Folic acid is a water-soluble vitamin also known as folate. It is essential for healthy cell production and replication of genetic material, so is especially important during the early stages of pregnancy when the baby is developing extremely quickly.
Why you may need folic acid
Neural tube defects (NTDs) such as spina bifida can be reduced by increasing folic acid intake at least one month before falling pregnant and during the first three months of pregnancy.
Megaloblastic anaemia – is a type of anaemia where there are immature, large and dysfunctional red blood cells due to improper cellular maturation and division. Red blood cells contain haemoglobin, which have the primary function of transporting oxygen throughout our body.
Cardiovascular disease is associated with elevated plasma homocysteine levels – studies have found low folic acid, vitamin B6 and vitamin B12, with folic acid showing the strongest link. Homocysteine is associated with oxidative damage, increased clot formation, which can place extra demand on your cardiovascular system.
Alzheimer’s disease – studies have also found low blood levels of folic acid and vitamin B12 increase the risk of conditions such as Alzheimer’s. The folic acid and vitamin B12 work together to lower homocysteine levels which are a risk factor in this condition.
Abnormal cervical cells (pap smear) – low folic acid is linked to abnormal pap smears.
How much do you need?
Recommended Daily Intake (RDI)
Adults (over 19 years): 400mcg folate equivalents daily
Pregnancy: 600mcg folate equivalents daily
Breastfeeding: 500mcg folate equivalents daily
Children 9-13 years: 300mcg folate equivalents daily
Children 14-18 years: 400mcg folate equivalents daily
Note: 1mcg dietary folate equivalent = 1 mcg food folate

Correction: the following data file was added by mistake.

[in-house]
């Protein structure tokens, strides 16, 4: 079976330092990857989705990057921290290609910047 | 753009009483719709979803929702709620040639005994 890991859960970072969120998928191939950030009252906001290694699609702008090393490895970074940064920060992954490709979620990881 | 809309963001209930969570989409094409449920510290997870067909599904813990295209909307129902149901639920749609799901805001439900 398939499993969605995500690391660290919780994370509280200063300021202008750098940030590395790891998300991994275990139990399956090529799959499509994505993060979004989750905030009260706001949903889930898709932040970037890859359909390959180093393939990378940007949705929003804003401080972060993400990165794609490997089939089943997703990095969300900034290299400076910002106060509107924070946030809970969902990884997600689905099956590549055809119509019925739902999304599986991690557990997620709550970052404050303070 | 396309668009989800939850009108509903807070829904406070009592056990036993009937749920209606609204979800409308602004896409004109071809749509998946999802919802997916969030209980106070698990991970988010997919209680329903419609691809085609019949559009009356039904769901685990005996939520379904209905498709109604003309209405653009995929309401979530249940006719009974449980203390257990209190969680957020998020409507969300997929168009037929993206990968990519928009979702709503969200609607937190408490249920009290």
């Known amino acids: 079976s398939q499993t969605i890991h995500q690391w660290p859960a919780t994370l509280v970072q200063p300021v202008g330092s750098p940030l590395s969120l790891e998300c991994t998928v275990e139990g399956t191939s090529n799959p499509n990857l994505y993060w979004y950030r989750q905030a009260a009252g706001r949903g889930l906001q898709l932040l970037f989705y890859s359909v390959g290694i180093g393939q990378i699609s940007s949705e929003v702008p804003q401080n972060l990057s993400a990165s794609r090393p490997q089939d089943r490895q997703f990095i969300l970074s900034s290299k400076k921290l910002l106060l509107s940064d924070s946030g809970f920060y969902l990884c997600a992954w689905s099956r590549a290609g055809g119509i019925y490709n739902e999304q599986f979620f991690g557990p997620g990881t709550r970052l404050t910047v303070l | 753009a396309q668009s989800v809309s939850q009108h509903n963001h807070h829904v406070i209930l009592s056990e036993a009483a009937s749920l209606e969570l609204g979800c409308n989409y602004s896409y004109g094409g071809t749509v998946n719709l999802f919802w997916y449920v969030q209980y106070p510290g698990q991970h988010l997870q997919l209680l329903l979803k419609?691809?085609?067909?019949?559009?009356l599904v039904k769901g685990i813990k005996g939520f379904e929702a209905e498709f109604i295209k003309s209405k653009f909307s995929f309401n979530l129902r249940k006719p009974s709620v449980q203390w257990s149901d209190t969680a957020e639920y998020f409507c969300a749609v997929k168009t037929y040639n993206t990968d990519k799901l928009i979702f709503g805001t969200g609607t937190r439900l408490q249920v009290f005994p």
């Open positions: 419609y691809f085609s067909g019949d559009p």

Symptoms of deficiency
Just remember ‘cell division’ when you think about folic acid. Folic acid deficiency leads to reduction of cell division and it is mainly seen in tissues with a high turnover rate such as red blood cells. Therefore the main deficiency symptom is megaloblastic anaemia.
Other symptoms to look for include digestive upsets such as heartburn, diarrhoea and constipation, weight loss, poor appetite, recurrent infections, smooth red tongue, fatigue, forgetfulness, depression, skin disorders and impaired growth in children.
The best dietary sources of folic acid include green leafy vegetables, asparagus, broccoli, cabbage, brewer’s yeast, mushrooms and beef liver.
Other reasons why you may need more
A deficiency or excess of a single B vitamin may cause problems in the metabolism of other B group vitamins.
Fresh is best with folic acid – it is unstable to heat, acid, light and when cooking, you will lose up to 65 per cent.
You may need to keep tab of your intake if you have a malabsorption disorder such as coeliac disease. Folic acid along with many other nutrients, are at risk of reduced absorption.
Alcoholism also affects absorption of folic acid thus increasing your demand for folic acid.
We can’t emphasise the huge importance of folic acid during pregnancy and even breastfeeding. There is plenty of cell division going on during these periods.
Long term use of certain medications can lead to folate deficiency such as phenytoin (anticonvulsant), aspirin, methotrexate and the oral contraceptive pill.
- Folic acid is well tolerated at recommended doses.
- Large doses of folic acid can cause gastrointestinal problems, such as abdominal cramps and diarrhoea.
- Large doses of folic acid (>1000mcg) can mask a vitamin B12 deficiency. If you are vitamin B12 deficient, folic acid will improve vitamin B12 associated anaemia, but it will allow the neurologic abnormalities and potentially irreversible neurological damage to progress.
- Before taking high doses of folic acid, you should check with your healthcare professional about testing vitamin B12 status.